TWO corrupt council officials and two businessmen who supplied them with cash and hospitality have been jailed with a warning they face "significant" sentences.

Former local authority employees Charles Owenson and James Costello were treated to dances and drinks in lap dancing bars as valuable Edinburgh City Council contracts were secured through bribery.

Ex-directors of Action Building Contracts Ltd (ABC Ltd) Kevin Balmer and Brendan Cantwell provided the rewards over the allocation of work for public buildings including schools, care homes and cemeteries.

Following their earlier guilty pleas a sheriff told them that he would continue their case until tomorrow for sentencing at Edinburgh Sheriff Court to consider the information he had been given.

But Sheriff Michael O'Grady QC told the four men: "Having regard to the gravity of the offences, it is clear to me the sentences will require to be custodial and require to be significant."

He remanded all of them in jail ahead of sentencing.

Owenson and Costello were provided with hospitality, including corporate seats at Hibs and Hearts football grounds and meals out as well as cash, by Edinburgh-based construction firm ABC Ltd (Action Building Contracts).

The contractors even submitted inflated invoices to the local authority for work carried out to cover the costs of the bribes they were paying council officials.

Fiscal Keith O'Mahony earlier told the court: "In essence, the council was being charged for the cost of bribing its own officials."

Invoices were found that were falsely inflated to the value of more than £67,000.

The prosecutor said the hospitality the firm provided was "extensive" and added: "Drinks and lap dances were purchased for Owenson and Costello."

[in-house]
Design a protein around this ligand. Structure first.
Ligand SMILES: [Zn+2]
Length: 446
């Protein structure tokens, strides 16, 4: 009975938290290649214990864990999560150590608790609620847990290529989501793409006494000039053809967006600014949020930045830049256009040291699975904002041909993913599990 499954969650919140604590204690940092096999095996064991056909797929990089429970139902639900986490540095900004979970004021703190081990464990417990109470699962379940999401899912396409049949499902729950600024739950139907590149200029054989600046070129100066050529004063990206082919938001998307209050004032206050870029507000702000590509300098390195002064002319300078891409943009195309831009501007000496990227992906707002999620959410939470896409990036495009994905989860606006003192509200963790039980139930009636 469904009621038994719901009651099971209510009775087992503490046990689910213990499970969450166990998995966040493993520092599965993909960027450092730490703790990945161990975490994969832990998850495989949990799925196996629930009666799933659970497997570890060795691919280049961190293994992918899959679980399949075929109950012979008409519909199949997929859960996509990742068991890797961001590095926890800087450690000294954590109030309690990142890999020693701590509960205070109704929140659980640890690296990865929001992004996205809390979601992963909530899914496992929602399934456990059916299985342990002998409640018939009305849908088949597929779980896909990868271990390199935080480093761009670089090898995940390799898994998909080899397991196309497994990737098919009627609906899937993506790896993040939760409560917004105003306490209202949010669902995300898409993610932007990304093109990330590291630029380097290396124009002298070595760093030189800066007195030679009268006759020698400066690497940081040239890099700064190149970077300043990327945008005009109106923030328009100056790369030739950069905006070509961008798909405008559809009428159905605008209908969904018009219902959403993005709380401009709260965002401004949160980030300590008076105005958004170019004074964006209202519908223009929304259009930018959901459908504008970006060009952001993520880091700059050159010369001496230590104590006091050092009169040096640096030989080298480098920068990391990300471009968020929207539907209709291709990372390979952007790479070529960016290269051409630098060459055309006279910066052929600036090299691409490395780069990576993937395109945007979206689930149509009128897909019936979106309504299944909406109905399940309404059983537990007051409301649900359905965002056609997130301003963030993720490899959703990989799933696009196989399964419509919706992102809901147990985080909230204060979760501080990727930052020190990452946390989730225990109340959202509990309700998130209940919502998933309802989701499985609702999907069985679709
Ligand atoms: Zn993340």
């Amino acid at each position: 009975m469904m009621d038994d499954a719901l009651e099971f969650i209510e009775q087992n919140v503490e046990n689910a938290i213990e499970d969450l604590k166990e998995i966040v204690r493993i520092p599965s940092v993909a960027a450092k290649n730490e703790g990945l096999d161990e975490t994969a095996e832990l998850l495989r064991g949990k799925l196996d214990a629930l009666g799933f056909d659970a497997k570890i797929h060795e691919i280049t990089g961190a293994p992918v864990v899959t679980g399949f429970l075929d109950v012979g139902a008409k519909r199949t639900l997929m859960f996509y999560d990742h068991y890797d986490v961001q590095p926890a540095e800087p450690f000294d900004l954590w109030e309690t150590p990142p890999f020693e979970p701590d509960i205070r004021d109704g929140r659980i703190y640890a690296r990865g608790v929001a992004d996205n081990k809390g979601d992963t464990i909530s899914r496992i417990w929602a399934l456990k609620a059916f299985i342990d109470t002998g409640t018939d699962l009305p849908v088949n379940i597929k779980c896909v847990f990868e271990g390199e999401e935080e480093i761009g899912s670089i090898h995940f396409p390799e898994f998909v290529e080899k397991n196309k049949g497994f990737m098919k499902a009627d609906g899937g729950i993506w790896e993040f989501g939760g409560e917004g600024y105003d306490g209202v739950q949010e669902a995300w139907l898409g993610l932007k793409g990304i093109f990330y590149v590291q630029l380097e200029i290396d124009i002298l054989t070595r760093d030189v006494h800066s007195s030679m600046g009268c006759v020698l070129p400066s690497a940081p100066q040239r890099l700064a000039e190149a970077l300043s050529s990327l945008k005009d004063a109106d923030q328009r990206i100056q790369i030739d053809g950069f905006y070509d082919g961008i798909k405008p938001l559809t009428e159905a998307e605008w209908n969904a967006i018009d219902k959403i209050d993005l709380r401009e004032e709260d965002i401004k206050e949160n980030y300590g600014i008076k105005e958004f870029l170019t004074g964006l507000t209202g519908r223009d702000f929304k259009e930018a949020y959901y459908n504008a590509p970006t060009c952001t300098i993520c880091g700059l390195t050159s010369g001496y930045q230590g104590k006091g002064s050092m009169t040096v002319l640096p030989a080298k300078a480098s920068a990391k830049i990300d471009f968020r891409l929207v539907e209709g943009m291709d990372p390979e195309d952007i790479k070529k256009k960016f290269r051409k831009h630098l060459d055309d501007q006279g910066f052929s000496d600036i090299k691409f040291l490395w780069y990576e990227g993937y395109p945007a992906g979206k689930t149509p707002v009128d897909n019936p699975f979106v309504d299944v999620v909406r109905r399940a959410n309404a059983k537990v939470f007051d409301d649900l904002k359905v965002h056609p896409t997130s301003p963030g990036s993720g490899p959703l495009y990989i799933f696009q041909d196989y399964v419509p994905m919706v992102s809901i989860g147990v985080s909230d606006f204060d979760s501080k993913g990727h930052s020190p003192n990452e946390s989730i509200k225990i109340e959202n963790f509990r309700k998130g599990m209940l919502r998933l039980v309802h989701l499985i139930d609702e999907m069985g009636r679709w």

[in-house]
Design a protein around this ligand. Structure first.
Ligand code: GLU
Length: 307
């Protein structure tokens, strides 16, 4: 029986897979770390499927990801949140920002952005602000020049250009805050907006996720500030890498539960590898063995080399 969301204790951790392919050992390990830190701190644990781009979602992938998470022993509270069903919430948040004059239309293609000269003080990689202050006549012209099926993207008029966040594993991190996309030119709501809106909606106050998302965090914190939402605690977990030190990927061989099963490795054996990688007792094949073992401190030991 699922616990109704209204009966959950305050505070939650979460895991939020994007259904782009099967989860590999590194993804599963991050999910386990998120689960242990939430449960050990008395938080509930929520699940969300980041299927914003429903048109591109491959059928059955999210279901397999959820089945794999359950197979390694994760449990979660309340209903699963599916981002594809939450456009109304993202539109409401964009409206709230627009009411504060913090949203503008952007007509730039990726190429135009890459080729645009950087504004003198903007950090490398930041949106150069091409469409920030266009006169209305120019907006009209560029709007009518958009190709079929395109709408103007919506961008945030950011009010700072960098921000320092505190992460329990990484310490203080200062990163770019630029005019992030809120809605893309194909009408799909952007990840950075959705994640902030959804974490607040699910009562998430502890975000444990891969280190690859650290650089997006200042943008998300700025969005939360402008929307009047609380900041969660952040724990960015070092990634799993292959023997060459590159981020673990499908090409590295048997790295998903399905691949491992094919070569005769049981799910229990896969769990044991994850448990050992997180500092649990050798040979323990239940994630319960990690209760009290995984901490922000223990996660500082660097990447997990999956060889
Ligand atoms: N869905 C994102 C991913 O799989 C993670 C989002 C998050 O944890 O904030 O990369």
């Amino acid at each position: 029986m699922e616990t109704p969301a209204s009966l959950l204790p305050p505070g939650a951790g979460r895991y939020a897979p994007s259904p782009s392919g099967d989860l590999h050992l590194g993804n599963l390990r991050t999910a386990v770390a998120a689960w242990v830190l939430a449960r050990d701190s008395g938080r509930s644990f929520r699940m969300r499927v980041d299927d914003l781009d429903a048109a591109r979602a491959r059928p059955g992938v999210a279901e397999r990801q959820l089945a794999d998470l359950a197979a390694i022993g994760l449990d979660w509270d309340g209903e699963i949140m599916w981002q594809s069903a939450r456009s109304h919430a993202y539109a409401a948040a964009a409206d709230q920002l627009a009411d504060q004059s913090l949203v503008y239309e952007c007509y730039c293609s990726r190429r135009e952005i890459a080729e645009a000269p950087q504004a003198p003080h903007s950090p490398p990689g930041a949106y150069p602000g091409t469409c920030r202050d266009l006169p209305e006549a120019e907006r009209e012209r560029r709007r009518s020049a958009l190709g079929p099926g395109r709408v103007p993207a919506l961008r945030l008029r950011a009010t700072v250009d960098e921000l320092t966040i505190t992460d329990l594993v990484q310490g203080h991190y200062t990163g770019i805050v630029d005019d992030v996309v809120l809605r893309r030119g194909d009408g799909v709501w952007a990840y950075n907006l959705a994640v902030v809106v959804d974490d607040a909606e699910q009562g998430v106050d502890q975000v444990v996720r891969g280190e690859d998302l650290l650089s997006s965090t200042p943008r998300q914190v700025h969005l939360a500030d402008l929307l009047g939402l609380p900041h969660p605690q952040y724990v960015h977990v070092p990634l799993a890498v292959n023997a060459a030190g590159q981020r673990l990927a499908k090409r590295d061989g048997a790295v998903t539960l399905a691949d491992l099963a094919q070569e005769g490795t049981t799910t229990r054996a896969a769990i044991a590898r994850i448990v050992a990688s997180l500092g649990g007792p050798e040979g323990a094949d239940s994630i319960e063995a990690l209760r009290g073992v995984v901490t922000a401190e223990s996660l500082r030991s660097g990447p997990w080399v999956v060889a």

The pair also had expensive cars including an Audi TT Quattro and a Mercedes ML320.

Owenson and Costello allocated work orders to the firm valued at a total of almost £1.5 million.

Owenson, 62, of Drum Brae Neuk, and Costello, 44, of Crosswood Crescent, Balerno, both Edinburgh, earlier admitted offences under the 1889 Public Bodies Corrupt Practices Act and proceeds of crime charges. Both have been dismissed.

Two former directors of ABC, which went into liquidation in 2010, Balmer, 52, of Tantallon Gardens and Cantwell, 44, of Bankton Gardens, both Livingston, West Lothian, also admitted a corruption offence. Balmer also admitted fraud.

First offenders Owenson and Costello both worked as property care services officers with the council in a department that looked after schools, care homes, community centres and cemeteries.

They were responsible with others for logging reports of properties that needed repairs and taking on contractors to carry out the work. ABC was an approved contractor and carried out the "vast majority" of the work at the time of the offences.

Police began carrying out enquiries in 2010 as a result of complaints about the statutory notices system and were later informed that senior management had received "a whistleblower letter" alleging that Owenson was showing favouritism when allocating work to contractors.

The Crown has raised proceedings to recover crime profits in the case.

Defence solicitor advocate Maurice Smyth, for Owenson, said: "He had no say as to what money he should receive or when. He didn't think he was hurting the council. He thought he was ensuring the council got the best."

Mr Smyth maintained that Owenson "was not living a life of luxury from money supplied by ABC".